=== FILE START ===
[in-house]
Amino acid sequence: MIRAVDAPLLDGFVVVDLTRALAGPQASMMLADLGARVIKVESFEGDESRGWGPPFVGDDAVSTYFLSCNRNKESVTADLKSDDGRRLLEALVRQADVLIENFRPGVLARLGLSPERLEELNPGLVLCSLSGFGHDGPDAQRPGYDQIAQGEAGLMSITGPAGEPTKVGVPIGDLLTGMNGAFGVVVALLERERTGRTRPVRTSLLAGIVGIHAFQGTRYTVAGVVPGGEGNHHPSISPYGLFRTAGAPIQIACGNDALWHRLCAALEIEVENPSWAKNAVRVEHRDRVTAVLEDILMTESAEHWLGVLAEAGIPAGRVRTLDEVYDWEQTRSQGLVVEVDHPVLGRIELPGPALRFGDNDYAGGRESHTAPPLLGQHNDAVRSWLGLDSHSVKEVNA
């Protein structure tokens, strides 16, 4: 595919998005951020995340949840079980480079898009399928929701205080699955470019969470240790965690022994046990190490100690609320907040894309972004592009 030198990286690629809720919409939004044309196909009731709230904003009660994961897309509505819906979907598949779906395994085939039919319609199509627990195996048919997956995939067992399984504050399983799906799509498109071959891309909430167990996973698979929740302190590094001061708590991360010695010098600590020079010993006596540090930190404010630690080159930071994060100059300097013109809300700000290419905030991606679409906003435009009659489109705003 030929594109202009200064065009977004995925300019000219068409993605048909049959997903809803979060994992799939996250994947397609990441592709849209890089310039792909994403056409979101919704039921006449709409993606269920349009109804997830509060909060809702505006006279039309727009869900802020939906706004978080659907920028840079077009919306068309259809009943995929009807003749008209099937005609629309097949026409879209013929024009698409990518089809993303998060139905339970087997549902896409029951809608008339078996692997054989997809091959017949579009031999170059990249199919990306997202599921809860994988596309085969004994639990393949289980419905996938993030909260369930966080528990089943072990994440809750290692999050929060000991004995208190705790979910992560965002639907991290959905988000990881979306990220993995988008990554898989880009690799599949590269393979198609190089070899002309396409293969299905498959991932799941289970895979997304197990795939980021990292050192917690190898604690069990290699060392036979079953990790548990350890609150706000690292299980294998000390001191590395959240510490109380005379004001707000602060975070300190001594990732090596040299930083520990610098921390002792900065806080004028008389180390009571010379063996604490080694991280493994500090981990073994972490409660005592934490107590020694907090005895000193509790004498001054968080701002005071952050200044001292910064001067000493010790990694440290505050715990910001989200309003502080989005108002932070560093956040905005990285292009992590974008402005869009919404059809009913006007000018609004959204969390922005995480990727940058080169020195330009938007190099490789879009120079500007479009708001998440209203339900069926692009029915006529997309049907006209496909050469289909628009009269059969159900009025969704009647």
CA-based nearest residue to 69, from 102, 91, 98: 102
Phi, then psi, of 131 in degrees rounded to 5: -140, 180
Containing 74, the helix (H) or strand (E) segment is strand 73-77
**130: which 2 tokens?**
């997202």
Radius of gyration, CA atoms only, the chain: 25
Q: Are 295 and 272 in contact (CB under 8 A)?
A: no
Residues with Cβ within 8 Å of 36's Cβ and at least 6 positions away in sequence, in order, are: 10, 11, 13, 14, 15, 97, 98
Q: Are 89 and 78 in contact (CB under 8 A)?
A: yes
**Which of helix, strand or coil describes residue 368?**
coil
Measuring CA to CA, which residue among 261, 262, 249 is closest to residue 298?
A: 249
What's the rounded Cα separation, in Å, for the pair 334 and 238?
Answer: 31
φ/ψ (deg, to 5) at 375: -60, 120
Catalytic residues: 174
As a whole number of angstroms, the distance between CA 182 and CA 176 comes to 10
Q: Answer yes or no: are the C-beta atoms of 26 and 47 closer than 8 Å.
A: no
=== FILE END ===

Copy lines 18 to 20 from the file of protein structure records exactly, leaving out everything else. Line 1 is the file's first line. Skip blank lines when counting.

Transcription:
A: 249
What's the rounded Cα separation, in Å, for the pair 334 and 238?
Answer: 31